Director: Sam Hargrave
Writer: Joe Russo
Starring: Chris Hemsworth, Rudhraksh Jaiswal, David Harbour
Tyler Rake (Hemsworth), A hardened black-market mercenary with nothing to lose, is hired to rescue the kidnapped son of an imprisoned international crime lord. However, a mission that was already extremely high risk becomes even more seemingly impossible when Rake and his team are double crossed, with Rake and the boy becoming the pawn in a war between two notorious drug lords.
When I saw that Netflix were releasing yet another action film, I must confess that I did let out a bit of a depressed sigh and think “not again.” As they are essentially the primary source of new films at the moment (unless you want to spend £15.99 to digitally rent – that is RENT – films like Trolls World Tour) it is disappointing that their feature film output in the last couple of months since most of us have been put down on some kind of lockdown has been below par. There have been some highs (like The Platform), but they seem to constantly to want to give us action films. Now, don’t get me wrong, I love an escapist switch-brain-to-off action film as much as anyone else, but recent films like Spenser Confidential and Coffee & Kareem have been absolutely awful attempts at action ‘comedies’.
Well, Extraction is far more intentionally serious film, and all the better for it – what also helps is that it does not star Mark Walhberg! Extraction certainly is not going to win any prizes for originality, and will not be the most thought provoking and intellectually stimulating two hours of anyone’s life, but thanks to some very well-staged action sequences and a solid leading performance is a perfectly watchable and entertaining experience.
The plot is very basic, but that proves to be a very good thing as though there are admittedly some plot development that are either ridiculous, lazy or underdeveloped (but just about forgivable), this allows the visceral and brutal 18-rated high-octane action sequences to be the film’s key focus, and they very much elevate the generic plot and characters. In what is his feature length directorial debut, Sam Hargrave uses all of his experience as a stunt performer and coordinator in some very big budget films (including Marvel films) to full effect by making sure the camera stays at the very centre of the action, with his tendency to use long takes being the perfect antidote to Michael Bay’s migraine inducing rapid editing in the unwatchable recent Netflix release 6 Underground. The intense close-up (but thankfully not too shaky) camerawork effectively uses the film’s location of the sprawling and claustrophobic streets of Dhaka and Hemsworth’s physicality to make sure the action sequences remain gripping and don’t start to feel too repetitive or boring. Though we get the usual point, run and shoot gun battles, these thankfully take place between genuine fisticuffs between a very physically committed Hemsworth and various bad guys.
The main centre piece is of course the already much talked about single take 11-minute action sequence, and this is very well-staged and genuinely gripping viewing. Of course, from Touch of Evil to 1917, it is a commonly used technique, but there is certainly no harm in adapting these already tried and tested and slightly gimmicky techniques if they are done well, and Hargrave most definitely does this very effectively. The film does at times feel like a video game, but in the good way in the sense that we feel like we are very much there at the centre of the action and perspiring in the Bangladeshi humidity.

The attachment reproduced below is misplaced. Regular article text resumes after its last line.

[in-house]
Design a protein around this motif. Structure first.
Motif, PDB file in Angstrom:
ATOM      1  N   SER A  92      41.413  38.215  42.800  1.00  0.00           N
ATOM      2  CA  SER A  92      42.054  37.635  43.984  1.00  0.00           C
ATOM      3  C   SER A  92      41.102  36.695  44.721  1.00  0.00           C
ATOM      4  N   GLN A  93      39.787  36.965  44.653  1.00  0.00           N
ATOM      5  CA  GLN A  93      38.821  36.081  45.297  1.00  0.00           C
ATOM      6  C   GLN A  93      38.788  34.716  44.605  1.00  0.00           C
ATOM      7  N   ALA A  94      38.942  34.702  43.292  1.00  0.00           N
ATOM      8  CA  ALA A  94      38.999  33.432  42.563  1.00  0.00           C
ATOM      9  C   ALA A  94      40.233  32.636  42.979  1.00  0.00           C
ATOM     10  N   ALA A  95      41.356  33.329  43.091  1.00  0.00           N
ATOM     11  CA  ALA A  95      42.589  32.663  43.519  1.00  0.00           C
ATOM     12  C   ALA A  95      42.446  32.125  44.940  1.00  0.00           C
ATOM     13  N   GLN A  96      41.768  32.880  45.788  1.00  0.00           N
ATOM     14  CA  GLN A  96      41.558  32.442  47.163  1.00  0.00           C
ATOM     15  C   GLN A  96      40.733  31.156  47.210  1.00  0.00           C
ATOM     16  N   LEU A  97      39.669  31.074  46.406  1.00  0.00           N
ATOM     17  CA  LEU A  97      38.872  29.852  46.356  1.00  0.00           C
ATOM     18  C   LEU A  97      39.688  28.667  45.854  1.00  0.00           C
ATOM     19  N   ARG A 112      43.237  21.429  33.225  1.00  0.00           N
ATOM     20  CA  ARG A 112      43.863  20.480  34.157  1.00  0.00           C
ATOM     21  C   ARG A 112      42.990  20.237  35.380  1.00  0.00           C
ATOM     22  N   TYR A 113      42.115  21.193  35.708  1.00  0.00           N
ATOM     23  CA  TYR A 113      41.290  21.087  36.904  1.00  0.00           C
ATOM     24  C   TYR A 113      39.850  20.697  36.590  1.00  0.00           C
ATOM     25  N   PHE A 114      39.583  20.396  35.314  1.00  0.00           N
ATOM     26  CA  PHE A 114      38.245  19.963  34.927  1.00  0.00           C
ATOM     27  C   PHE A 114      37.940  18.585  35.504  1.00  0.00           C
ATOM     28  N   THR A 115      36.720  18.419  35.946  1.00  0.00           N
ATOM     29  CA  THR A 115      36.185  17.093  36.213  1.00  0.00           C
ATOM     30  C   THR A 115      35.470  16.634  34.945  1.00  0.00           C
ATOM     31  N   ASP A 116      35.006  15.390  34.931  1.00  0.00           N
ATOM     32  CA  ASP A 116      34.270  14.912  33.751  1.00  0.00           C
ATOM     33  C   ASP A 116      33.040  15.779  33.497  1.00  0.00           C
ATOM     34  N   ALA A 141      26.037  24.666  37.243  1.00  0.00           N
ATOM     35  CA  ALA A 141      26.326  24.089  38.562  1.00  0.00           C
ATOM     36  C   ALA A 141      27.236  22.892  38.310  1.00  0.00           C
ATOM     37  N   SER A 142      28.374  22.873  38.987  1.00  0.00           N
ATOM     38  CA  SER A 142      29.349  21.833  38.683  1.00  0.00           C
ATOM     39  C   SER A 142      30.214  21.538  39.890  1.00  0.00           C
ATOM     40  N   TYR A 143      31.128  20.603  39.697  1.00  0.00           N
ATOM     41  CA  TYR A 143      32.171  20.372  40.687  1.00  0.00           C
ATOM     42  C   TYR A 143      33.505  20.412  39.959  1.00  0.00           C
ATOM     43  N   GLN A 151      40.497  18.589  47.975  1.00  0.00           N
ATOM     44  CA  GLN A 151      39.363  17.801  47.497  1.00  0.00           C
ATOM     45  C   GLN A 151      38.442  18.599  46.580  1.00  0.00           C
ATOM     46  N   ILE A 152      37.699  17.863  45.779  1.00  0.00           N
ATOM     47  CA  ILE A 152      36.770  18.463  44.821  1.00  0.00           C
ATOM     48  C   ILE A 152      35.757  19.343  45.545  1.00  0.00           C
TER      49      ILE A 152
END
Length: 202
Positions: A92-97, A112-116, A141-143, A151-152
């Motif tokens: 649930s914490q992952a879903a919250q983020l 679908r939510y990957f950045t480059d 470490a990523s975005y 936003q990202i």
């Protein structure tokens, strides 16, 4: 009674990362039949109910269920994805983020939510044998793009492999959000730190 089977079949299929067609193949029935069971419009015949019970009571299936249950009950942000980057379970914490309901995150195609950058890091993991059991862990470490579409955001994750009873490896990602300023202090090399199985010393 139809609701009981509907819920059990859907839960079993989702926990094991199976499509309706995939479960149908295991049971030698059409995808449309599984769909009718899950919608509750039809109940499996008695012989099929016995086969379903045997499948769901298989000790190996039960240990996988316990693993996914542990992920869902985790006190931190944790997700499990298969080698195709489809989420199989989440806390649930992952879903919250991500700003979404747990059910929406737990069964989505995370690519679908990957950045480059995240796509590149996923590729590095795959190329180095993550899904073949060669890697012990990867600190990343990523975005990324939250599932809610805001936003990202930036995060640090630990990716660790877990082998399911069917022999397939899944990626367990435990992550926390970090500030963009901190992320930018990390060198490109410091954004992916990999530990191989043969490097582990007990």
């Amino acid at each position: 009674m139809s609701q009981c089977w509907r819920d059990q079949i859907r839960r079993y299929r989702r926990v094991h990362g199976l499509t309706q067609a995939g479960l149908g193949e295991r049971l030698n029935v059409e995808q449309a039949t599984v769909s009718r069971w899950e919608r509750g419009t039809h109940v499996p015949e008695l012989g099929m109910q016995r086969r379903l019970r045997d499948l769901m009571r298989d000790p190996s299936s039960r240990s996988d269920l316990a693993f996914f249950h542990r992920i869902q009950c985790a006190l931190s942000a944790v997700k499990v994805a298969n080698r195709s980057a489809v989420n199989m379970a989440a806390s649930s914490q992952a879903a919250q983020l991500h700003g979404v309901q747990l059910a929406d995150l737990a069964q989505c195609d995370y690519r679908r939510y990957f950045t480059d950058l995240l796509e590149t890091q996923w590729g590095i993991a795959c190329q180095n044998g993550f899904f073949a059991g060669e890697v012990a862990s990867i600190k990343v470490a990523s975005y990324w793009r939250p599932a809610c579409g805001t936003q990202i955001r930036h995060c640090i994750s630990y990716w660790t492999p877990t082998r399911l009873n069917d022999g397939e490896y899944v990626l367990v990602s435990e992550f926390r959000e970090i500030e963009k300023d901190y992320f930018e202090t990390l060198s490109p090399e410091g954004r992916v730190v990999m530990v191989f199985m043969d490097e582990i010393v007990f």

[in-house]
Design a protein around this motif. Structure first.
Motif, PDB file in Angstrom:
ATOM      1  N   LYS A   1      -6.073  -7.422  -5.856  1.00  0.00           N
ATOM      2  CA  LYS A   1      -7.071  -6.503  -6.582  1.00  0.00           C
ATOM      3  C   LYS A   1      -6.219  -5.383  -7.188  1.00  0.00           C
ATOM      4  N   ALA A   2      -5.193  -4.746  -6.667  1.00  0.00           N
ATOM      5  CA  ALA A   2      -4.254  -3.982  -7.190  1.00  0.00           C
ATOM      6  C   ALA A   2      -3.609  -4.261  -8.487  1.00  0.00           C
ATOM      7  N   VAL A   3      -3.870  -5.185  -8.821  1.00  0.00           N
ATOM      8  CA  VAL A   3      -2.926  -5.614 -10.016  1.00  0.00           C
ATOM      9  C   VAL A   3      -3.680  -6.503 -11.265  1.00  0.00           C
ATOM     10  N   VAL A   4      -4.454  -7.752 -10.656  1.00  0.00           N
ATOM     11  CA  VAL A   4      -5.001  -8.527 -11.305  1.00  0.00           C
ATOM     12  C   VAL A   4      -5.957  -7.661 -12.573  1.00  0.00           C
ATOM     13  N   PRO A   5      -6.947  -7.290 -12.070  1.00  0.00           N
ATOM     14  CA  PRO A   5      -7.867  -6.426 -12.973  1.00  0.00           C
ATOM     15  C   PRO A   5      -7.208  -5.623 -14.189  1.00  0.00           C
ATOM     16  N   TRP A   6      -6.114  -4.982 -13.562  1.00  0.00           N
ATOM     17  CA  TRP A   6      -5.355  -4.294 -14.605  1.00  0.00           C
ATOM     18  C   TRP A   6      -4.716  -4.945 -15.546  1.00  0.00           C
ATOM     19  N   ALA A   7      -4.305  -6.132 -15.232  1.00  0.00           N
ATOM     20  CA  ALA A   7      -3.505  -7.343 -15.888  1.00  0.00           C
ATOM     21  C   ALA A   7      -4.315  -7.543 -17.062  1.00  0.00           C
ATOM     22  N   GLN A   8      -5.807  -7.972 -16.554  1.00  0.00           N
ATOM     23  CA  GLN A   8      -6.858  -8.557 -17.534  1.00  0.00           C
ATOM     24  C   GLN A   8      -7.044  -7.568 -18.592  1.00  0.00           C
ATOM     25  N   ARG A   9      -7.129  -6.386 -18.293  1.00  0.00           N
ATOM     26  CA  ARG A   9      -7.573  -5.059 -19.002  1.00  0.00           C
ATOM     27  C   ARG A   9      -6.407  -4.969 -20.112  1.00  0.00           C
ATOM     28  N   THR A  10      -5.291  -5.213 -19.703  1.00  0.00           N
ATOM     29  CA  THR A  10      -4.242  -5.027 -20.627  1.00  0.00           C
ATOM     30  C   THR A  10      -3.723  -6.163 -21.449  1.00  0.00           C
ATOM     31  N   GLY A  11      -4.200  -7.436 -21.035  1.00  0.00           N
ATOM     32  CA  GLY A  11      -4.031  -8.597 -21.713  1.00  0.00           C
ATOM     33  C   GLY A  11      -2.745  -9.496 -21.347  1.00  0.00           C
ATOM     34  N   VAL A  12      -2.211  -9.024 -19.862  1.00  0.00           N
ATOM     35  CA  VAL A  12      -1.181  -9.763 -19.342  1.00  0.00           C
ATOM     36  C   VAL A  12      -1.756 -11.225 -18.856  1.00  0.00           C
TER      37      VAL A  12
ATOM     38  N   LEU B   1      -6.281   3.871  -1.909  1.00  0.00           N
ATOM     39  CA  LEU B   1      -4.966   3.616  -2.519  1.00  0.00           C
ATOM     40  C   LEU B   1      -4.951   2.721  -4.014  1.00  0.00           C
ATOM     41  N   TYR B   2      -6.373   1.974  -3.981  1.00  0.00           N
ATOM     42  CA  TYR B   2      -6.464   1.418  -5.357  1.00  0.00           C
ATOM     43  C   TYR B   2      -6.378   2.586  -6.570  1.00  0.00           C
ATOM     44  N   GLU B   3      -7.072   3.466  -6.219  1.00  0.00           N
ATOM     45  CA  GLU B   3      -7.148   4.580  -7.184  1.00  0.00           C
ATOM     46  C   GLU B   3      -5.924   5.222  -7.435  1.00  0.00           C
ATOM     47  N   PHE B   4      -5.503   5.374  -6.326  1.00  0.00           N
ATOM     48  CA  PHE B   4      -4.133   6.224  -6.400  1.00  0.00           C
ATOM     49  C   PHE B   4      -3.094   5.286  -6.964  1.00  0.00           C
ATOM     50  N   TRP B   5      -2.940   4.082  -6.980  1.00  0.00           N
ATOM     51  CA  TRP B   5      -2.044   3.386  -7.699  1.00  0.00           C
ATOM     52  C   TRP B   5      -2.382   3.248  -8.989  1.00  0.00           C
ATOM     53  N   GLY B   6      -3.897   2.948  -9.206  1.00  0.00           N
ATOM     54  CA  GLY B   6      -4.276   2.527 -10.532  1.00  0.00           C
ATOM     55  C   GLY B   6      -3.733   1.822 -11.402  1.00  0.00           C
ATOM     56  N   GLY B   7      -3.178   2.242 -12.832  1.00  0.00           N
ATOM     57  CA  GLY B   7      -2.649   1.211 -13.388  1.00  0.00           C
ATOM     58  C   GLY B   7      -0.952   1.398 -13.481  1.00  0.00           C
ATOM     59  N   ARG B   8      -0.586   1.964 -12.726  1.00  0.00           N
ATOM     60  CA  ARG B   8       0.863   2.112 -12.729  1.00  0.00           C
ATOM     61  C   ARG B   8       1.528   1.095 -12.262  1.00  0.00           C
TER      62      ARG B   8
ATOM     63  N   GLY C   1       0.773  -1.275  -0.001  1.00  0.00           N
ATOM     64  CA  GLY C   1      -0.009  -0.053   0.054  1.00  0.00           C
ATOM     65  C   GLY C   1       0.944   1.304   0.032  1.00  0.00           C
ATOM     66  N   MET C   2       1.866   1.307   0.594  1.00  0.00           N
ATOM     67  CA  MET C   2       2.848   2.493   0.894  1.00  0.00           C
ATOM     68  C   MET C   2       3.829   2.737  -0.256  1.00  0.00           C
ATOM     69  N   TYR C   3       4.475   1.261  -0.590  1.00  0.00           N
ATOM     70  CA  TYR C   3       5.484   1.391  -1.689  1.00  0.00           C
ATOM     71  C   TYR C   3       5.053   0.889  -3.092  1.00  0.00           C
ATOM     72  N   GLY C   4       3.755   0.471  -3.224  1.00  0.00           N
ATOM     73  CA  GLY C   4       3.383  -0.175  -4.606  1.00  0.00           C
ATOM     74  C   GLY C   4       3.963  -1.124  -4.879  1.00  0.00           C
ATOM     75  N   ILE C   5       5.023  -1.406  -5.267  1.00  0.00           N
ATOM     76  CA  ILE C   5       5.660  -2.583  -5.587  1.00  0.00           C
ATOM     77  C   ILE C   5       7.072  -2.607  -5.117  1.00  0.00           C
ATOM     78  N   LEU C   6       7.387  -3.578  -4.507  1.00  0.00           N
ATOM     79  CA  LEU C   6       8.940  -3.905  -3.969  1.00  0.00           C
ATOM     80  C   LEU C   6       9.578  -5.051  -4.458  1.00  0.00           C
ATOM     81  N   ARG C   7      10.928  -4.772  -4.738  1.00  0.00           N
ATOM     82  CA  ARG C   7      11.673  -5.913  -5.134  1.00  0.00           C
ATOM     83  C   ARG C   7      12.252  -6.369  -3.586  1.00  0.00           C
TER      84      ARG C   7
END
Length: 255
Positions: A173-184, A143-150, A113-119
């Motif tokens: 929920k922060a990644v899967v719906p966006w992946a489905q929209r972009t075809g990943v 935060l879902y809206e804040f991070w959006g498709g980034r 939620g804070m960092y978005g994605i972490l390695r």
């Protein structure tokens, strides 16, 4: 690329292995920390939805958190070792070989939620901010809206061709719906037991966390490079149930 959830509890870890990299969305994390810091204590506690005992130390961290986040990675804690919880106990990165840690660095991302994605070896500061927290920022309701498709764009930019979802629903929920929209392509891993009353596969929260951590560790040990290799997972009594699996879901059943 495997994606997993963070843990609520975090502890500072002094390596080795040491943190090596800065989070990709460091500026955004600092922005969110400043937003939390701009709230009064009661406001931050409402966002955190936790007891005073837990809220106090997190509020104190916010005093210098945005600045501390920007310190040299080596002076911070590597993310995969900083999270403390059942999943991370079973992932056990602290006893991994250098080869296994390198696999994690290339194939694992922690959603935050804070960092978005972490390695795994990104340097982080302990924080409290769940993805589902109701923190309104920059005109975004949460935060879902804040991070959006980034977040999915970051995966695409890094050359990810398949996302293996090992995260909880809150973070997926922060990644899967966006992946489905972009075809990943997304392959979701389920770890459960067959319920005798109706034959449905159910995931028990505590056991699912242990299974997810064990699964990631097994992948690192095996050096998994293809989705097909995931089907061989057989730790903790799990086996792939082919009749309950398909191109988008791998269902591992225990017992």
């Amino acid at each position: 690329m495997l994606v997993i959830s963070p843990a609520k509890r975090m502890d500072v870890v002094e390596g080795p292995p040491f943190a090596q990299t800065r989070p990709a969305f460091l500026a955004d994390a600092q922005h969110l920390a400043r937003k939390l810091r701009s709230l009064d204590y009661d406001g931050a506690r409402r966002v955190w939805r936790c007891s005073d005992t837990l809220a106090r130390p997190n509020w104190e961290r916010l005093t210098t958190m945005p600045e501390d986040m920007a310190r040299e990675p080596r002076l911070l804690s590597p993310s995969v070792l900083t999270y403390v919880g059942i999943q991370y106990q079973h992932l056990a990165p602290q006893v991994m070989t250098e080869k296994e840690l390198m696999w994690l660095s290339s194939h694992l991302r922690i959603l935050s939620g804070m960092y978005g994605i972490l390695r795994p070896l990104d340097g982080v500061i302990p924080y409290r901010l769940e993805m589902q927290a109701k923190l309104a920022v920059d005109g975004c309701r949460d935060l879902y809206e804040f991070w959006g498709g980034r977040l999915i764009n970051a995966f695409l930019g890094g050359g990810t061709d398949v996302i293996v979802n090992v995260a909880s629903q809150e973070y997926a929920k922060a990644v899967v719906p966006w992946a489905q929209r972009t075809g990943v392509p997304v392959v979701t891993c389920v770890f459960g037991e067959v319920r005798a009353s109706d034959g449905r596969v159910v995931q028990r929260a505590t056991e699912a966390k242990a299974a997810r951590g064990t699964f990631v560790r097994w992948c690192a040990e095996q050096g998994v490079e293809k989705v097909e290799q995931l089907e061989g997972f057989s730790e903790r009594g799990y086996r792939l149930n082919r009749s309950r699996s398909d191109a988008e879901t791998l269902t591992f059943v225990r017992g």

The more cynical of us might certainly argue that Extraction is a perfect example of Hollywood nepotism, with Hemsworth one of the main producers and Marvel stalwart Joe Russo also on scripting duties in what does seem like a multi-million pound cinematic equivalent of a few mates having some kind of party. However, the fact that Hargrave and Hemsworth have worked together before does seem to bear fruit, as they do get the best out of each other, and this may well be a factor as to why the action sequences are staged so well. Hemsworth is inevitably very much the star, and he has already proved that he is a great screen presence that has far more to offer than just being able to wield a hammer, and he brings a suitable intensity and physicality to his protagonist – this could have easily been a Mark Wahlberg film, and would have been far, far worse had it been so! As the main producer, this could so have easily felt like a complete vanity project for Hemsworth, and though the protagonist not only has a very silly name and is a walking cliché (including a very lame attempt at a character arc involving redemption for his past blah blah blah…), his physical commitment to the role seems genuine, and this is enough for us to route for him.
As the plot develops and the body count rapidly increases, there are certainly some very silly and unbelievably coincidental moments. There is also a subplot involving children becoming members of drug gangs, but though this does end up playing a quite an important part of the plot in a kind of way, it is certainly dealt with in a very casual way that is very much consistent with the film’s style-over-substance approach. Some slightly pointless and underdeveloped subplots and a rather limp ending aside, Extraction is certainly worth investing two hours of the enforced self-isolation and social distancing that we all currently face.
It will not win any prizes for originality, but despite the generic and minimal plot, thanks to some superbly staged action sequences and a good leading performance, Extraction is a very watchable film with enough to keep your attention for two hours – even though it will not live long on the memory once it has finished.
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